"We've missed national titles the last two years by this much," said Gill, holding his fingers an inch apart. "I'm tired of losing."
Penn State just has too many players to replace and too tough a schedule--Nebraska, Iowa, Alabama, West Virginia, Boston College, Notre Dame and Pitt. "I don't think there is any question that winning the second title is easier than the first," said Penn State Coach Joe Paterno, "but to even think about winning consecutive titles is asking too much."
Many of the top individual performers are not on top 20 teams.
Navy's Napoleon McCallum was the nation's fifth-leading all-purpose runner last year and should challenge Sam DeJarnette of Southern Mississippi and Ernest Anderson of Oklahoma State this year. Anderson, who led the nation in rushing last year with 1,877 yards, isn't even considered the best running back in his own state when Oklahoma sophomore Dupree is in shape.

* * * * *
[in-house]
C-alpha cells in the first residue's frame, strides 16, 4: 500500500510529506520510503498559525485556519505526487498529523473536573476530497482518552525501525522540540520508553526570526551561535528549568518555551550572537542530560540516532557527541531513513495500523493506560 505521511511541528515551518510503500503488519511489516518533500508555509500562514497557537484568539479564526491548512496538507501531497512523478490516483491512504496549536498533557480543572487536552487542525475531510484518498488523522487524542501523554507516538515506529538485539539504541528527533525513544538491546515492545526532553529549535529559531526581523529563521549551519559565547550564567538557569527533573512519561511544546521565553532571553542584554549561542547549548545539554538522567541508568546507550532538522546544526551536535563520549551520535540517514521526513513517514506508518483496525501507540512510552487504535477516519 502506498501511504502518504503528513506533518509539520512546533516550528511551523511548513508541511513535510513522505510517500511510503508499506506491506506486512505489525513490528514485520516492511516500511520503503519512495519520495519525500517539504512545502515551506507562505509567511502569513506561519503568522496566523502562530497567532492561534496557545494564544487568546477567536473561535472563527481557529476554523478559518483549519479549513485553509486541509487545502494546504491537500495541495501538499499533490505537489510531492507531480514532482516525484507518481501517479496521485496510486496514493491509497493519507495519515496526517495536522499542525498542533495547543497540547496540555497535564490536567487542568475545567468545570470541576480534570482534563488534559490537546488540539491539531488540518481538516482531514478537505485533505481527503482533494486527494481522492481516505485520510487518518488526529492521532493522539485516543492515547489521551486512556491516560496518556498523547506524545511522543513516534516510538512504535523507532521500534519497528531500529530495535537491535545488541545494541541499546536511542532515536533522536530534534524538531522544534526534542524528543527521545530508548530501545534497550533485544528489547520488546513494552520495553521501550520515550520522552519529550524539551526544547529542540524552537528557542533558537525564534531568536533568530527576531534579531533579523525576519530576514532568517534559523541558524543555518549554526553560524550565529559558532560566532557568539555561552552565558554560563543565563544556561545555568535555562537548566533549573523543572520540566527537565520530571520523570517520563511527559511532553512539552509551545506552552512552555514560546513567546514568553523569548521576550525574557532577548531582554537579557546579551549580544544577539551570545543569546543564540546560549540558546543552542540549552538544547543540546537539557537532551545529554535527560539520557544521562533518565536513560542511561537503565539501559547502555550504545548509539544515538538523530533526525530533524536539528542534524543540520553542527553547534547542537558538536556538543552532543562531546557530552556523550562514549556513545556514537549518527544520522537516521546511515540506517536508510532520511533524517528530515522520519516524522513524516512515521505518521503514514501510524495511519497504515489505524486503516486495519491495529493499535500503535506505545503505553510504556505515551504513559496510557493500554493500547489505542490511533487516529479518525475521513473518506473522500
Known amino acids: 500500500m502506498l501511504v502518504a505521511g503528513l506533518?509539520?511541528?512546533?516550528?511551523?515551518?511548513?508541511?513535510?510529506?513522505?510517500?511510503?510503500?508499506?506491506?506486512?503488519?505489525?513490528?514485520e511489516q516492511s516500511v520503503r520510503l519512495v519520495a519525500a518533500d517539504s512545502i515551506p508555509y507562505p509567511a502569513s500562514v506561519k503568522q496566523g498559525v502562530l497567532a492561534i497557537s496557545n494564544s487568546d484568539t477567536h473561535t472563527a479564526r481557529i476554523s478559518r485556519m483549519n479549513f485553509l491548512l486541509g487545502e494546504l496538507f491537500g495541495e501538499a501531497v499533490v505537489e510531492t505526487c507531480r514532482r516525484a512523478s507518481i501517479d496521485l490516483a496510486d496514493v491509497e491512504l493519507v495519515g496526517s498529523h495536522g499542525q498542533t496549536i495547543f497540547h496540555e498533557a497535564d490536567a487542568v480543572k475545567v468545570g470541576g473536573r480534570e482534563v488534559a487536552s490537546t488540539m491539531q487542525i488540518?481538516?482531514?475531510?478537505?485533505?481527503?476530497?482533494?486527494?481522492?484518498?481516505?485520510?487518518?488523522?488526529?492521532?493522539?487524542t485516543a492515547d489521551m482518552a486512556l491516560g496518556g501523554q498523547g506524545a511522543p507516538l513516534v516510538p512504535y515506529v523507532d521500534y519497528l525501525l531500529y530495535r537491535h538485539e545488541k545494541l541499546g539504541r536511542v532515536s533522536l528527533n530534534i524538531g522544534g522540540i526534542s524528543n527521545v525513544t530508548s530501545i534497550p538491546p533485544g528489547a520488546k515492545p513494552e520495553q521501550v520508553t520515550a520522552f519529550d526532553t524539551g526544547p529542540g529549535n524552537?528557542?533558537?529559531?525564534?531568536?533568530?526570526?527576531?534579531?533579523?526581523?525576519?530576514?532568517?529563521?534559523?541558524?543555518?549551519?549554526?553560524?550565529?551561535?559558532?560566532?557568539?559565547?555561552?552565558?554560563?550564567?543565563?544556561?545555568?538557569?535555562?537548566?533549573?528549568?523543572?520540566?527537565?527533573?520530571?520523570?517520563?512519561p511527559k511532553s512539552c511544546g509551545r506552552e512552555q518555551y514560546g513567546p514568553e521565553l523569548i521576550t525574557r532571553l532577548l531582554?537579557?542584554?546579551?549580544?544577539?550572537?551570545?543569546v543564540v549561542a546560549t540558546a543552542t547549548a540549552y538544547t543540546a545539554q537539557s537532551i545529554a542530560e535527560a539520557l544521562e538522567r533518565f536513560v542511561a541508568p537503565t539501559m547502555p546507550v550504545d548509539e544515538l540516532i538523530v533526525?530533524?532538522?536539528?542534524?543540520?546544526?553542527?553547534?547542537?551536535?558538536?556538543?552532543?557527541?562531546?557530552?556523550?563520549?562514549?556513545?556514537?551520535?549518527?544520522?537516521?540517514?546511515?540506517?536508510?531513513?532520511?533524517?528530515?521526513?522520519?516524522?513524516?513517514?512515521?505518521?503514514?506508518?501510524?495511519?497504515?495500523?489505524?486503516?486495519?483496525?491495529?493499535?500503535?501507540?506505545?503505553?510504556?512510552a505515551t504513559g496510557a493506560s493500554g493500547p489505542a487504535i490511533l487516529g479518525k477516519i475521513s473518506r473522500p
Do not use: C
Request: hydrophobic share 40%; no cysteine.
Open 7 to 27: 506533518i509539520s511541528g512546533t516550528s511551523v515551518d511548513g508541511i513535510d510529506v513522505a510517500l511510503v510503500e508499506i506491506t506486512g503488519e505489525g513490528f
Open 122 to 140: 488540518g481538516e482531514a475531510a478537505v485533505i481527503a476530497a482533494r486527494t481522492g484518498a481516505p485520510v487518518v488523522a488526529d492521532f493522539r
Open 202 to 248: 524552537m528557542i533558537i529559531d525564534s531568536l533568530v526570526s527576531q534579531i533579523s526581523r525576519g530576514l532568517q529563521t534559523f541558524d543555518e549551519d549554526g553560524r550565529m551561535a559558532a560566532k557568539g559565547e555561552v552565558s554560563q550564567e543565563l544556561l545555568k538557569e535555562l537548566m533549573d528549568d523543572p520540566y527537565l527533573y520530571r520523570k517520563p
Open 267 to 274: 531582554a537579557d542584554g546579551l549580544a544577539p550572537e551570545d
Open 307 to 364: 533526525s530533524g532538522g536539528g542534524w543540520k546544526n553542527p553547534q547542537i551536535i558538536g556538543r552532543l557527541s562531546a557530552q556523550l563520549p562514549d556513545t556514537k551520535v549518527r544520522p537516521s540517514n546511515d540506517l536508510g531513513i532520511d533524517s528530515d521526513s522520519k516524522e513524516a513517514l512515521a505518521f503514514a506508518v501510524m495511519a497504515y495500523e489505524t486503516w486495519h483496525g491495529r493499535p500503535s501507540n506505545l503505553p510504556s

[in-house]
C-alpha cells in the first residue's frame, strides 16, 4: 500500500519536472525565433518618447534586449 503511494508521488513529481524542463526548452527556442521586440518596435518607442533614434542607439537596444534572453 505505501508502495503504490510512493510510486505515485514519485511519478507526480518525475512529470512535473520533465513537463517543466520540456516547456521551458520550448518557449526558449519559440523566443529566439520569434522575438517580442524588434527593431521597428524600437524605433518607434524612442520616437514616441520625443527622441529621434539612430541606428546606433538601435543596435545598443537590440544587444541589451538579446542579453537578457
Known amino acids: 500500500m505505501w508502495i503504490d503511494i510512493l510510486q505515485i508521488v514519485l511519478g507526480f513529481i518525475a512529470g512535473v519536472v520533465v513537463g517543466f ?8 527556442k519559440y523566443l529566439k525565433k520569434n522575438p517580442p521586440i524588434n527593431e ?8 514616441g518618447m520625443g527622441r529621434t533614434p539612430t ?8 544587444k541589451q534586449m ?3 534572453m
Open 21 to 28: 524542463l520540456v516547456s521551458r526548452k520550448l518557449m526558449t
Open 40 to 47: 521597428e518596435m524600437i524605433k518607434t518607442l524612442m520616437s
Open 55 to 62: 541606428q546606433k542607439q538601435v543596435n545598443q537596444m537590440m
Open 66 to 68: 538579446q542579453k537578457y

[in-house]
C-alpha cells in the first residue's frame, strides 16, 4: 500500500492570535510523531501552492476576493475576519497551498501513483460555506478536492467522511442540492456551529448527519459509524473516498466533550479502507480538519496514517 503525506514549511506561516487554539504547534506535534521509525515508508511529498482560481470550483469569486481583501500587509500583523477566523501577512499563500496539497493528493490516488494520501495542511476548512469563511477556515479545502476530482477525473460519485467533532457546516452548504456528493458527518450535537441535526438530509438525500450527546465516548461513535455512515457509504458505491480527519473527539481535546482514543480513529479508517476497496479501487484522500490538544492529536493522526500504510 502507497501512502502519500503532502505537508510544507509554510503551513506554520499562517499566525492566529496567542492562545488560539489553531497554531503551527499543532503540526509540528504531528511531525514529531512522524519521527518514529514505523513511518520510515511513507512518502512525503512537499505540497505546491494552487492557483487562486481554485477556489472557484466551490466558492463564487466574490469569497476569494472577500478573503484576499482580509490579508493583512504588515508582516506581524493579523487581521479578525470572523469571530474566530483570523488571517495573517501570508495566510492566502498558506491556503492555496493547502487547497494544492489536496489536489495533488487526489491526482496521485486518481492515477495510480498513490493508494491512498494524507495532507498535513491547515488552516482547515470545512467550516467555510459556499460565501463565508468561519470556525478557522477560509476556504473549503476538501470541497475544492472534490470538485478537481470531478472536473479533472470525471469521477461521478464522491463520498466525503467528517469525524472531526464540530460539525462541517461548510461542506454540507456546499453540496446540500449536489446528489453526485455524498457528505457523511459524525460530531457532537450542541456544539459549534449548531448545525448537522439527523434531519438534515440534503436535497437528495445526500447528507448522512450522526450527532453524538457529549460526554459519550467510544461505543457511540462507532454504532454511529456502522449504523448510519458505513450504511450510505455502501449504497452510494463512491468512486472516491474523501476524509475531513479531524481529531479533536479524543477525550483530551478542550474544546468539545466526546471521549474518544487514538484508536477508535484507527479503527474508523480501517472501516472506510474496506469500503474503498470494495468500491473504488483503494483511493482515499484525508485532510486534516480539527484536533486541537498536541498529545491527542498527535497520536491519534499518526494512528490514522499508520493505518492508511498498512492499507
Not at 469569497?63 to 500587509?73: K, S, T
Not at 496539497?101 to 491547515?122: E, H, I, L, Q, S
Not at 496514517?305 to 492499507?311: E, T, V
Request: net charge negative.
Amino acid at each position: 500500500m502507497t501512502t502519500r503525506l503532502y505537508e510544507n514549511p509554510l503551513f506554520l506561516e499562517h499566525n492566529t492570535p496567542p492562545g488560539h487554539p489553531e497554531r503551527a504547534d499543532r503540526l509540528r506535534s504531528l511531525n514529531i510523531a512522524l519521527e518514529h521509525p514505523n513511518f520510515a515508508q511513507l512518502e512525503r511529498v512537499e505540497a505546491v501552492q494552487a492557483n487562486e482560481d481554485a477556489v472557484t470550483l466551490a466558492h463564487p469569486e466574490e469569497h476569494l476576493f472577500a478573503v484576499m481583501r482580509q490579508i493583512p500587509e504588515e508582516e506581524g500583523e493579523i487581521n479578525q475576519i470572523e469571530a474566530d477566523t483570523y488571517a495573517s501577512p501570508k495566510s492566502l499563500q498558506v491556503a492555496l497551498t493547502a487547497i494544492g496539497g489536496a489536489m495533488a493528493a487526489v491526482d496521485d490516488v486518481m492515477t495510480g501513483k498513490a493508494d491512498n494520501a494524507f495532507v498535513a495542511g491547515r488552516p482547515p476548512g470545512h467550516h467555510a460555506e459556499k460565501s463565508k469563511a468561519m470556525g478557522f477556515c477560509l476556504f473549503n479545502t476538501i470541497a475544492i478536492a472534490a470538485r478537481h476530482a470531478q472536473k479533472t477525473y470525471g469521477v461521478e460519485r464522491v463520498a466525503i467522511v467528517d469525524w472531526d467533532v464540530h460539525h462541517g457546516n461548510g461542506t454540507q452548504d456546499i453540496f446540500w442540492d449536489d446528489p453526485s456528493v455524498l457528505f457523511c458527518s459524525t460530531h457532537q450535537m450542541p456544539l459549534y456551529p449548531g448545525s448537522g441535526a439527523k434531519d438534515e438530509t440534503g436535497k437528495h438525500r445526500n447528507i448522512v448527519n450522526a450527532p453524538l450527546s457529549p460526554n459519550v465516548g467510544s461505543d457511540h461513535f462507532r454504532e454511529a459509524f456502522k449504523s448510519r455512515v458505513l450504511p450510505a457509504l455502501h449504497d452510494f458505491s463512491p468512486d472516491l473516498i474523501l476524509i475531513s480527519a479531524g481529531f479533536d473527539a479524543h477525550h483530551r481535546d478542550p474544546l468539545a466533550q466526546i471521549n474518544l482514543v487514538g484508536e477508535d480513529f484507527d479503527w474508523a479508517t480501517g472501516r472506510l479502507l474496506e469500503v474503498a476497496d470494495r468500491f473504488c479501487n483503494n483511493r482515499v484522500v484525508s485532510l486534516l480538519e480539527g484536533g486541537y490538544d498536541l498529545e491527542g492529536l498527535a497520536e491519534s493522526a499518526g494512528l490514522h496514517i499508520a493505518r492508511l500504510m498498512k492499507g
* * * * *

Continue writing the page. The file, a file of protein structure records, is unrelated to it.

Two of the nation's top running backs are hardly known outside their own campuses. Lavette of Georgia Tech rushed for 1,208 yards and 19 touchdowns last year and was his team's leading receiver. And DeJarnette rushed for 1,545 yards and was the nation's eighth-best kick returner.
Navy, in Andy Ponseigo, has a player many feel is the best linebacker in the country. And Long Beach State, which had the nation's No. 1 passing offense last year, returns senior quarterback Todd Dillon.
But you don't have to go west, for a change, to find good quarterbacks. Three of the nation's best--Ben Bennett of Duke, Esiason of Maryland and Wake Forest's Gary Schofield--will play against each other in the Atlantic Coast Conference.
Bennett needs 3,009 passing yards to break the NCAA career record of Jim McMahon (Brigham Young). Doug Flutie of Boston College and Jeff Hostetler of West Virginia are two more of the fine quarterbacks playing in the East. As usual though, the West does have several good passers. Besides Dillon, there are Steve Young of Brigham Young, second to only Dillon among the nation's leading returning passers, and Arizona's Tunnicliffe, who may be the best in the Pac-10.